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« Reply #3 on: December 01, 2021, 07:59:29 PM »

December 1
Aiko celebrates her 20th birthday
Princess Aiko, the only child of Emperor Naruhito and Empress Masako, turned 20 today. On the occasion of her 20th birthday several ceremonies will be held on December 5 (because of her university classes).

In one ceremony, Aiko will receive "'The Order of the Precious Crown". By receiving that order, the princess will be able to attend public activities. Aiko is expected to attend New Year's Receptions as her first public activity.

The Order of the Precious Crown is an order established on January 4, 1888, by Emperor Meiji. The Order of the Precious Crown is only presented to female members of the Imperial Family and foreign ladies of distinction.



















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« Reply #4 on: December 01, 2021, 08:06:31 PM »

Order of the Precious Crown
The Order of the Precious Crown, the lowest Japanese order, was instituted by Emperor Meiji in 1888 with five classes.

In 1896 the Emperor added three new classes to the order. After 2003, however, the order is composed of only six classes and although men are allowed to receive the order, usually only women receive it. The badge, in the shape of a gold oval medallion, consists of a central disc containing an ancient Japanese imperial crown being surrounded by a red ring.

Both the star and the sash are reserved for 1st class members of the order. The star is similar to the badge, but the central disc displays a phoenix and all five points are studded with pearls, with floral designs connecting the spaces between each point. The sash is yellow with red stripes near the edges. Imperial Princesses are usually awarded the Order of the Precious Crown, either when they reach the age of majority or when they marry into the Imperial Family.

Most Princesses of Japan are 1st class members of the order, nevertheless, some distantly related members of the family are awarded the 2nd class.

Foreign recipients include Queen Sonja of Norway, Queen Mathilde of Belgium, Queen Máxima of the Netherlands, Queen Letizia of Spain, Queen Silvia of Sweden, Princesses Anne and Alexandra of the UK,  Princesses Désirée and Christina of Sweden, Princess Alexandra of Luxembourg, Infantas Elena and Cristina of Spain and a number of other royals.






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« Reply #5 on: December 01, 2021, 08:41:00 PM »

She's a lovely young woman. Something about her features reminds me of Elisabeth of Belgium. I wish her luck, happiness and freedom!
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« Reply #6 on: December 01, 2021, 10:06:49 PM »

She looks a lot like her mom  Cute
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« Reply #7 on: Yesterday at 09:05:20 AM »

I can't believe she's 20 already, I remember when she was born.
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« Reply #8 on: Yesterday at 12:55:06 PM »

December 1
Aiko celebrates her 20th birthday
Princess Aiko, the only child of Emperor Naruhito and Empress Masako, turned 20 today. On the occasion of her 20th birthday several ceremonies will be held on December 5 (because of her university classes).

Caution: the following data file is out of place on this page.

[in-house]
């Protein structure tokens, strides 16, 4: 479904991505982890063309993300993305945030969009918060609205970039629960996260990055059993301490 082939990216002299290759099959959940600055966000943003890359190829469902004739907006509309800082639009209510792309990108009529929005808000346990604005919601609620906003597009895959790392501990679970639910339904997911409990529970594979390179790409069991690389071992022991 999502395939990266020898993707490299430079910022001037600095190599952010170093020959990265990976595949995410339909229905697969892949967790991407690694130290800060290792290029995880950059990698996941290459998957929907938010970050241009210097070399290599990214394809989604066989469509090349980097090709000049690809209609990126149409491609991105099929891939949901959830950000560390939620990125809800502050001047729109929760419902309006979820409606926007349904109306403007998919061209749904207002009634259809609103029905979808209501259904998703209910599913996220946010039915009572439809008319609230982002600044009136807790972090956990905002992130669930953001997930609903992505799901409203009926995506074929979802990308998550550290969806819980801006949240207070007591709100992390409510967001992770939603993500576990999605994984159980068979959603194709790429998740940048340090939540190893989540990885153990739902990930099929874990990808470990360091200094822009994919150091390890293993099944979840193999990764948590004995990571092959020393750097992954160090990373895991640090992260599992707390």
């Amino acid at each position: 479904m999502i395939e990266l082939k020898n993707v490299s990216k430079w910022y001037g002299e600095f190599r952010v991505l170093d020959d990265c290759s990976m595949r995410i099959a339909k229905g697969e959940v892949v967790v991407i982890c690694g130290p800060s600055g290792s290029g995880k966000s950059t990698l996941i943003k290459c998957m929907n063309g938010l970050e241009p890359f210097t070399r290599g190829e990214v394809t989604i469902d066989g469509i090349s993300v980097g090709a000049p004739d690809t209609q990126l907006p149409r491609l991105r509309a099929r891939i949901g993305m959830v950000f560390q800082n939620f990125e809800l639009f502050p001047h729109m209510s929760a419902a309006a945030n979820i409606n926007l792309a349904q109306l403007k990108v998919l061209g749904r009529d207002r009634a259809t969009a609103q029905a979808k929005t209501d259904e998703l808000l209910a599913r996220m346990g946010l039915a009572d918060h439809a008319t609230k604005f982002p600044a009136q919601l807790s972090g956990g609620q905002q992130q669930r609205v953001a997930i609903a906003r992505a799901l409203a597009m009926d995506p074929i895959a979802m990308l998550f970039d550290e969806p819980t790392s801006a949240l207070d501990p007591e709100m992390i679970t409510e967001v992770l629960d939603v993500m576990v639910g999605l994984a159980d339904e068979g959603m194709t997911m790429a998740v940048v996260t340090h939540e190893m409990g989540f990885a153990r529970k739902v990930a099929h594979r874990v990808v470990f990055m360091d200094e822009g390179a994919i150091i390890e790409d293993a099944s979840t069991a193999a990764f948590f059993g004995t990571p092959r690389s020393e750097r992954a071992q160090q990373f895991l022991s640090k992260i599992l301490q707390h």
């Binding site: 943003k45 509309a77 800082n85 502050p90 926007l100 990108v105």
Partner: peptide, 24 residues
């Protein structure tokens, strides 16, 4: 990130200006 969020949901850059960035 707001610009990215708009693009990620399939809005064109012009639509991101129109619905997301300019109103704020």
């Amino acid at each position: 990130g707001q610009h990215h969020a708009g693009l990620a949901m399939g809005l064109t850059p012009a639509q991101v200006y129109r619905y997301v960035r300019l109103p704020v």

In one ceremony, Aiko will receive "'The Order of the Precious Crown". By receiving that order, the princess will be able to attend public activities. Aiko is expected to attend New Year's Receptions as her first public activity.

The Order of the Precious Crown is an order established on January 4, 1888, by Emperor Meiji. The Order of the Precious Crown is only presented to female members of the Imperial Family and foreign ladies of distinction.






Nice photos - barring the ultra-conservative clothing that I know The Household insists on 😔.   I think Aiko looks like both her parents - she's a pretty girl. I wish her all the best 🌹💐  So glad she's getting her Order and will do engagements now. 
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« Reply #9 on: Yesterday at 06:08:52 PM »

December 1
Aiko celebrates her 20th birthday
Princess Aiko, the only child of Emperor Naruhito and Empress Masako, turned 20 today. On the occasion of her 20th birthday several ceremonies will be held on December 5 (because of her university classes).

In one ceremony, Aiko will receive "'The Order of the Precious Crown". By receiving that order, the princess will be able to attend public activities. Aiko is expected to attend New Year's Receptions as her first public activity.

The Order of the Precious Crown is an order established on January 4, 1888, by Emperor Meiji. The Order of the Precious Crown is only presented to female members of the Imperial Family and foreign ladies of distinction.






Nice photos - barring the ultra-conservative clothing that I know The Household insists on 😔.   I think Aiko looks like both her parents - she's a pretty girl. I wish her all the best 🌹💐  So glad she's getting her Order and will do engagements now. 

Time flies.....20 already...congratulations to the birthday girl
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« Reply #10 on: Yesterday at 07:24:36 PM »

I get the impression that there is some inherent fragility in Aiko and that perhaps it's a really good thing that she won't become empress.